Tubing takes a lot of effort, even if you let the conveyor belt pull you up.

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TUBING NATURALLY takes effort, especially if you walk up a sledding hill hauling a tube, potentially with a kid along for the ride.

But even if you choose the conveyor belt that carries you and your tube up the hill at The Summit at Snoqualmie, you likely will be exhausted by the end of your two-hour tubing session. Why? Tubing is full of effort: walking in the snow, launching yourself onto your tube, laughing hysterically and/or screaming while sailing downhill, and running at the end to avoid a crash with an incoming tube. You don’t need to be a kid to have the best time.

I went twice in a span of two weeks, and both times left me exhausted. For my first round, my friend Natalie was game to head out during the limited opening weekend. It was raining, and only a few runs were open.

We tested all the lanes, noting which ones were the fastest. For my first run, I sat in a tube and screamed my way down the 60-foot drop, which is surprisingly fast. I forgot how fun tubing is. For the next round, I decided to try flying down on my belly. It felt faster. It was a little more nerve-wracking, and it was definitely my favorite approach.

I stayed with the belly-down method until I saw someone get a spinning start from an employee, spiraling down the hill.

I asked an employee to spin me, too. It felt like a roller coaster, slightly terrifying and awesome all at once. But my tolerance for dizziness isn’t what it once was, and I went back to the stomach approach.

The line for the conveyor belt was short. Natalie and I decided to walk up a couple times. Walking uphill in snow gets your heart rate up fast. Soon we decided tubing is enough work, so we stuck with the covered conveyor belt.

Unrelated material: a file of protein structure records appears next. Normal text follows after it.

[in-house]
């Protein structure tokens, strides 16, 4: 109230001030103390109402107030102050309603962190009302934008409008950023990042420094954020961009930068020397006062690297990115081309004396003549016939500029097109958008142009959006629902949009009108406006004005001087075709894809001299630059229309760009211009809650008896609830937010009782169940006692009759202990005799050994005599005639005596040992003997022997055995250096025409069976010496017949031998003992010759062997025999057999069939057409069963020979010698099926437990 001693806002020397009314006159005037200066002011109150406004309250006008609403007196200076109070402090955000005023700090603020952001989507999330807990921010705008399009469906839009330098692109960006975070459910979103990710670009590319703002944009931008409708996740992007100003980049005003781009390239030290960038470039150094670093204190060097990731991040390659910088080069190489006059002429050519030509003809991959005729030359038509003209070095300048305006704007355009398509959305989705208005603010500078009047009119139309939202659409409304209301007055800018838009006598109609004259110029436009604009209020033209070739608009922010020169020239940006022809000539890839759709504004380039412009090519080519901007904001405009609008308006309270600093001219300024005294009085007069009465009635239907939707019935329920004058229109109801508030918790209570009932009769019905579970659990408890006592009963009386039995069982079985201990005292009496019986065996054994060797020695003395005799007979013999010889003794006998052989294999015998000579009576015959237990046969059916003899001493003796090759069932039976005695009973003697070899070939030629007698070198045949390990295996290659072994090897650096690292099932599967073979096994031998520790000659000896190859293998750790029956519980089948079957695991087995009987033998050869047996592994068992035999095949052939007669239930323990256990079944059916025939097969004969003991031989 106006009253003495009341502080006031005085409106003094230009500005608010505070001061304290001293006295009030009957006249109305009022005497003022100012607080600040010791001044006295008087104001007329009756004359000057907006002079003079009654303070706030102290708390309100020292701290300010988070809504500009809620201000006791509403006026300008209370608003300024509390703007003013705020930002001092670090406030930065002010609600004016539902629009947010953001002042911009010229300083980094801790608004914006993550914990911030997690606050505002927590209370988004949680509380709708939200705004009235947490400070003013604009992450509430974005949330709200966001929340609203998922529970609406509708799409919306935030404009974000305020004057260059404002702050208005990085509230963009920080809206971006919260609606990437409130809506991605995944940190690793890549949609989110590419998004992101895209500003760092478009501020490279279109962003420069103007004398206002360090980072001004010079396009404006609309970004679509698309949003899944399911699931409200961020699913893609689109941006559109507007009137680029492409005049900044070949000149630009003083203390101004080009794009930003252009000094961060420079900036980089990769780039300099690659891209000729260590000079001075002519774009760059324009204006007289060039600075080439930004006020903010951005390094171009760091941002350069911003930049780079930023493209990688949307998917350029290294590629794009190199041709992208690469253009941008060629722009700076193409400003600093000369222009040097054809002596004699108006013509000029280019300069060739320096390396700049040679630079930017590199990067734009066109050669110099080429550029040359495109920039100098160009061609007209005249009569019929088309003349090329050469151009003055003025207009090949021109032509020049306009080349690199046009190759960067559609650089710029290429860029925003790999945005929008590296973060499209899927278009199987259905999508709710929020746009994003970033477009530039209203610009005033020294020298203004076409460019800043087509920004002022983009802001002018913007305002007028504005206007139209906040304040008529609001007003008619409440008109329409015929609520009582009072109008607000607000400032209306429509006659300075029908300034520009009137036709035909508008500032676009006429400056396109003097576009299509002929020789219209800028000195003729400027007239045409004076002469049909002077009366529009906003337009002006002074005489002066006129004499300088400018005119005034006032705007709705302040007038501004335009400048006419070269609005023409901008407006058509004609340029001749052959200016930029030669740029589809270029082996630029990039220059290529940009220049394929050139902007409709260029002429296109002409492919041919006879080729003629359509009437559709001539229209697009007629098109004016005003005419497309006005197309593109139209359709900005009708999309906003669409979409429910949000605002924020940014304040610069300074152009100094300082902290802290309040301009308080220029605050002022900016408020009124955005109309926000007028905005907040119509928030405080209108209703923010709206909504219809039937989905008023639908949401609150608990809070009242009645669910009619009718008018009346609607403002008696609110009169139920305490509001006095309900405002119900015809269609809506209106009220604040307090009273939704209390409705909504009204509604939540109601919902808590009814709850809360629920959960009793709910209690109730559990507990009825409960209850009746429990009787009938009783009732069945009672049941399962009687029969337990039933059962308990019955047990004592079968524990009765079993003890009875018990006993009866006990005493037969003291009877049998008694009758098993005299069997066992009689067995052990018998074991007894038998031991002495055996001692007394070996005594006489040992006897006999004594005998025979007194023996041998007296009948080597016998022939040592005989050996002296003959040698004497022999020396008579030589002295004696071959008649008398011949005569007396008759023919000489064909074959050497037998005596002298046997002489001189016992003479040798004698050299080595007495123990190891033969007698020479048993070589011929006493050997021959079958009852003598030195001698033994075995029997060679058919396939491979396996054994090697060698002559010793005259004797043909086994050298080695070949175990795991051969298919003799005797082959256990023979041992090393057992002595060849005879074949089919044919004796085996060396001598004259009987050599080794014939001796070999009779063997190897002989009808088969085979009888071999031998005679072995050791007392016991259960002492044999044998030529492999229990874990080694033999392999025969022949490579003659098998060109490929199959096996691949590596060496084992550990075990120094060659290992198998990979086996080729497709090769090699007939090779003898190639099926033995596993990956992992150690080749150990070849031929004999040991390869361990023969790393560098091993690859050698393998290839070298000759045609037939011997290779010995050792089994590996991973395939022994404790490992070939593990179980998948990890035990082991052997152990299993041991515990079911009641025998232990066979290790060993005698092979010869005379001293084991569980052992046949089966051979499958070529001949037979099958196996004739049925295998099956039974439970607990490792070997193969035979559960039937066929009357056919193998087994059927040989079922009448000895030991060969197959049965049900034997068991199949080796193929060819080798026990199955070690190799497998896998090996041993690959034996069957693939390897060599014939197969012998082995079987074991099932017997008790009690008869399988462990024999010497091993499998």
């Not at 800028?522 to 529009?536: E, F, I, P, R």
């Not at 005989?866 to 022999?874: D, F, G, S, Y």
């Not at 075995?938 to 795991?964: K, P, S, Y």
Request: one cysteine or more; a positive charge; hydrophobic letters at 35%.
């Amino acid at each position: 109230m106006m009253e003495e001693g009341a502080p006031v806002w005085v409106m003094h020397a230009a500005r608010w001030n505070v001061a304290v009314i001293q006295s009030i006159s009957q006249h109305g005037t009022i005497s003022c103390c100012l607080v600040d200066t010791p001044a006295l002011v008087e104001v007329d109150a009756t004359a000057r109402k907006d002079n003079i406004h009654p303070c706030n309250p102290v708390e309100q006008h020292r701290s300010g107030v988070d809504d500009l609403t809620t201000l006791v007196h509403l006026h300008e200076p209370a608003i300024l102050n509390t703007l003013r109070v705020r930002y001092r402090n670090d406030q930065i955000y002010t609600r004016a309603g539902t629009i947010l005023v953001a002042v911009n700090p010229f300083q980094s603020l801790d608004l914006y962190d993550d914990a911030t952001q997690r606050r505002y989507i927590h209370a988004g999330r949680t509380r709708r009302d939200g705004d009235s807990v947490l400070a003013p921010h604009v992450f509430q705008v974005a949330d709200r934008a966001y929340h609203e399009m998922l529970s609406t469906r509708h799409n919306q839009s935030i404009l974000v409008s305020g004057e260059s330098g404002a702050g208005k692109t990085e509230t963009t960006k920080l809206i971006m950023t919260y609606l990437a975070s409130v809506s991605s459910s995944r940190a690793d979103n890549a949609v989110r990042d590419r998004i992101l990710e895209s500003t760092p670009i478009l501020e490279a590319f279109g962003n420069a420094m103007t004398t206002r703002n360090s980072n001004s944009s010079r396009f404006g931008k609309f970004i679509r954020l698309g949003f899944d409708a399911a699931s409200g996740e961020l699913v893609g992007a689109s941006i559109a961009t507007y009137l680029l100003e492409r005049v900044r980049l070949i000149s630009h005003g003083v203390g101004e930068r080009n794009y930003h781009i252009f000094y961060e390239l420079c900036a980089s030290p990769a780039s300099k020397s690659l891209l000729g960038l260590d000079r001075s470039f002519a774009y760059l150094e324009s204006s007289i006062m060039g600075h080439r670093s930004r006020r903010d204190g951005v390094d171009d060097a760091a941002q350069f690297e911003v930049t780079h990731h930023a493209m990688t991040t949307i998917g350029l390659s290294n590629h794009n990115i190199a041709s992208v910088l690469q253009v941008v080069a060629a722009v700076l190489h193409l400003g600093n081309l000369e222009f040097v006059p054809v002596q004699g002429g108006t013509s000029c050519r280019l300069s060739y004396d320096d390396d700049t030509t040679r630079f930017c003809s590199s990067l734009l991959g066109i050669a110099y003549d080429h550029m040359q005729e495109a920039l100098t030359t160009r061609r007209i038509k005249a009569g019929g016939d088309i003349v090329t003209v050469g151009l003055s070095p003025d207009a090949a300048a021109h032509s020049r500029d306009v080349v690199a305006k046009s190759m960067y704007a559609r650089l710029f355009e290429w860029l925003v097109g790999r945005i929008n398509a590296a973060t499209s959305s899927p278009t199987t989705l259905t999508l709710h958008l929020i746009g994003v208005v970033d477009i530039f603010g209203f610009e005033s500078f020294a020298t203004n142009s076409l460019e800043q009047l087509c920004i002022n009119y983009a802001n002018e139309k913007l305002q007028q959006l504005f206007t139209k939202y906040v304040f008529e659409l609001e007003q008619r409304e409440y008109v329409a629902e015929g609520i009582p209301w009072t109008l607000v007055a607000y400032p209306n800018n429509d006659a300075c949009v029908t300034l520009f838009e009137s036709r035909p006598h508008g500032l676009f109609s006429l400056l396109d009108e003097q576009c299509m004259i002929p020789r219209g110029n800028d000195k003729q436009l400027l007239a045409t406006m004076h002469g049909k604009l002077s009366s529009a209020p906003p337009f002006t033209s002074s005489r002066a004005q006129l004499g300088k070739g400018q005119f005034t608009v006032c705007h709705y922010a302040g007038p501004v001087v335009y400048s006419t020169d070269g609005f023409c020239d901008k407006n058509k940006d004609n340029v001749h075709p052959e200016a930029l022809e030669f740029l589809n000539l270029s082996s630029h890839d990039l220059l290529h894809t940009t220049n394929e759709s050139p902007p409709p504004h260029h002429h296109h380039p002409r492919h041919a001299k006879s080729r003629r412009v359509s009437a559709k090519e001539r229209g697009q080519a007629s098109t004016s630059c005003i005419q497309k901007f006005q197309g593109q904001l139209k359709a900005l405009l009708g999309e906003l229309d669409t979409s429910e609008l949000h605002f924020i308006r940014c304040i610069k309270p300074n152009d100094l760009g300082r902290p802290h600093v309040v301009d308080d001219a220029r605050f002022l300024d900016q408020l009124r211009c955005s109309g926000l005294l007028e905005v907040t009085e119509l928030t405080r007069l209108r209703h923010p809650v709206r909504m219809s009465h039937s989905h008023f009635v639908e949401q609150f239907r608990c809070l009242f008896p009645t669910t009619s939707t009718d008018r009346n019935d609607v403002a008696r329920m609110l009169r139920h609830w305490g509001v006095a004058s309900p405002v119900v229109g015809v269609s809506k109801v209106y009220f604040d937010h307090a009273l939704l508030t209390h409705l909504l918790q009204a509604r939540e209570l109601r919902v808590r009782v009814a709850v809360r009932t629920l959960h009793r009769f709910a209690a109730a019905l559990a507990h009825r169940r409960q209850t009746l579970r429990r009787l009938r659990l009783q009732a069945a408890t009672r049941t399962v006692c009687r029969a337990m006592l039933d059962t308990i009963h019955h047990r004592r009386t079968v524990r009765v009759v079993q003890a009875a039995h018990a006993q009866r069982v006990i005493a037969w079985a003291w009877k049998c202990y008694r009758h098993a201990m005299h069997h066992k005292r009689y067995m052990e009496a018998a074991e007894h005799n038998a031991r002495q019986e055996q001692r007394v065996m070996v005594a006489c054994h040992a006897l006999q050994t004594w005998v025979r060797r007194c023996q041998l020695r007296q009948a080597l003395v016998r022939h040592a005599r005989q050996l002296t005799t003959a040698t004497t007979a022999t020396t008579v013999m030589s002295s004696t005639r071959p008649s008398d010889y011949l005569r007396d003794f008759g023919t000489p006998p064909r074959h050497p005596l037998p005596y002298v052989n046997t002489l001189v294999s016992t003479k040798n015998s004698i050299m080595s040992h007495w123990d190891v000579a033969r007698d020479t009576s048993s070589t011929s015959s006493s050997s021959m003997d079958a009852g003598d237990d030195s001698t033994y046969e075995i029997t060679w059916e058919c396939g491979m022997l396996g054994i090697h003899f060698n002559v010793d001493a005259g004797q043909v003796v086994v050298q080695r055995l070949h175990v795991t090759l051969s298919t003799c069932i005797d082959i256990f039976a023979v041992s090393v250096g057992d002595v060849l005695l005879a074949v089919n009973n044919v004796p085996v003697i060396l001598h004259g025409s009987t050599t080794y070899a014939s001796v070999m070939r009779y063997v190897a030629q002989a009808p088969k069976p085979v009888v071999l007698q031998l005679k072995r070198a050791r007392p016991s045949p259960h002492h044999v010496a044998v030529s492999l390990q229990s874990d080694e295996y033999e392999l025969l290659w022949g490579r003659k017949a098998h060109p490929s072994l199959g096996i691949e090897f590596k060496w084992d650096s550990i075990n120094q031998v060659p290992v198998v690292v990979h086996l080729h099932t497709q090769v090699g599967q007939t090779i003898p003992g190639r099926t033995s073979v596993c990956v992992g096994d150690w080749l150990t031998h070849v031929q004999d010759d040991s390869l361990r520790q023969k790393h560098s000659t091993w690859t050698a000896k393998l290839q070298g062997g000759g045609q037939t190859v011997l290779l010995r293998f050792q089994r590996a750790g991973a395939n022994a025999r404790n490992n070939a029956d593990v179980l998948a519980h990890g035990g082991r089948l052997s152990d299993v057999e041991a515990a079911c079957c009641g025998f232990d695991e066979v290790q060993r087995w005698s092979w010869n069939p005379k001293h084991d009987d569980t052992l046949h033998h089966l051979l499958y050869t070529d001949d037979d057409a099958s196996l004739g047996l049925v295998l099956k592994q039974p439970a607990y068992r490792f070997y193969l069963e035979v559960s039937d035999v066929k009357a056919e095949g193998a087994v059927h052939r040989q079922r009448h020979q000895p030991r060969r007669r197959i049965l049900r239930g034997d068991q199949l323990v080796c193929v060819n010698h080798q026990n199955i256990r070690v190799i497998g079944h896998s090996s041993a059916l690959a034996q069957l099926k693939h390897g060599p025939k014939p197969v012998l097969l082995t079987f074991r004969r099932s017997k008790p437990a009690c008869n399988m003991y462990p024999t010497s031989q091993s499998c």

It was raining, but we were dressed warmly, and it didn’t bother us. Unlike most winter sports, we decided tubing is the one snow activity we can handle in the rain.

On my second trip, more snow had fallen and more lanes were open; the place was packed. Walking up was often faster than waiting in line for the conveyor belt. I was there with my husband and stepkids, and I sometimes found myself hauling up two tubes. It was a good way to stay warm, though when the kids wanted to go on the conveyor belt, I gladly lined up.

Even with a full, sold-out session, we got in nearly as many runs as Natalie and I did. The teenage boys liked Lane 1, with a small bump where you could get air. I preferred my old standby, Lane 3, which was fast enough to ride to the end of the run. We figured out the lanes farther away from the conveyor belt weren’t as steep, and stuck with the faster, more-crowded ones.

This time, I had a wipeout. I was on my stomach, and at the steepest part of the run, I felt the tube start to tip. I leaned the wrong way and flipped. I scrambled back onto my tube to ride out the rest of the run. I became more tentative about being on my belly, then realized I just had to lean uphill when I felt my tube veering.

With the kids, we tubed to the very last run, though there were plenty of families who ended their sessions early. We didn’t mind the shorter lines, and at the end, the kids clamored for more. I’m sure we will be back.